Liquor store chain’s breach of data law exposed in hack

| 22/03/2021 | 28 Comments
Cayman News Service
Jacques Scott branch in Savannah

(CNS): Personal data belonging to around 150 employees of the Jacques Scott Group Ltd (JCG) that was exposed during a ransomware attack last year also exposed the company’s own breaches of the Data Protection Law. The Office of the Ombudsman has found that the company failed to take adequate technical and organisational measures to protect employees’, shareholders’ and pension account members’ personal data. An agreement with its IT provider also failed to incorporate certain mandatory provisions, which constituted a separate violation and resulted in an order from the watchdog and a list of recommendations to be put in place to protect staff data and to prevent further breaches of the law.

According to a redacted enforcement order, the liquor store’s workers learned that the company’s online system had been hacked when they were denied access to the enterprise network and other systems. Jacques Scott notified the ombudsman and the workers impacted, which triggered an inquiry by the office, which is now responsible for data protection. JCG also engaged Deloitte and SigNus Technologies to investigate the breach and undertake mitigating action.

Although it is believed that the ransomware attack did not breach passwords or access financial data because critical system logs were not available, a number of questions could not be answered. Ombudsman Sandy Hermione did find that the liquor retailer violated two separate parts of the seventh data protection principle of the law.

As a result, a long list of recommendations were made as part of the order, which requires the liquor store chain to ensure that any current and future agreements with its data processors meet the requirements of the law and the company implement the recommendations made by Deloitte in the security and compromise assessment report. The office also stated that JCG must develop appropriate information security and related policies and procedures to ensure that business operations are conducted in line with its information security governance and information risk profile.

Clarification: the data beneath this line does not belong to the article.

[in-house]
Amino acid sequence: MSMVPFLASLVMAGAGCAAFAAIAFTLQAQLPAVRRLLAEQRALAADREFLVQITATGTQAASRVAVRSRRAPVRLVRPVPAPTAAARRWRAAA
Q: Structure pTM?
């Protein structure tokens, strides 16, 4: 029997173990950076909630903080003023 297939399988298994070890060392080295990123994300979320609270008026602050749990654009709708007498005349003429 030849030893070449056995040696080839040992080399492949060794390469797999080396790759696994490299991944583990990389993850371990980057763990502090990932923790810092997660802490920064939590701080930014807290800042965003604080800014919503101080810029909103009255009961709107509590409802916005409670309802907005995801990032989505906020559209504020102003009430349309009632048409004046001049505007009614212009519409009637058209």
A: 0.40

The office directed Jacques Scott to provide cybersecurity awareness training at least annually to improve their ability to identify and prevent phishing and other malicious attacks and how to respond in the event that employees fall victim to an attack, as well as on data handling practices. The ombudsman also ordered that the retailer employ threat detection and prevention in real time and a number of other technical measures and testing, as well as security patches to keep abreast of any potential security weakness.

Hermiston said that this case reflected the challenges that employers must address before a breach occurs.

“This situation is a good representation of the serious data protection concerns now facing both private and public sector organisations in Cayman,” she stated. “Mitigation after the fact is simply not enough. All of these entities must proactively take security precautions with their computerized record-keeping systems – the Data Protection Law makes it their responsibility.”

See the executive summary of the order here.


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Category: Business, Politics, Private Sector Oversight, Retail

Comments (28)

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  1. Anonymous says:

    No surprise here. Look at how many companies post pictures and info on websites about their employees often without their consent. Social engineering dream for hackers to get personal identifiable information, the rest is easy.

  2. Bertie : B says:

    That is the final straw for me . time to close up everything and get out Cayman . Lord knows the Panama papers nearly destroyed me , Now this Major Hack ? Everyone will know my drinking Habits. God help us , All my info for foreign gov. to read !!! My Gone .

  3. Anonymous says: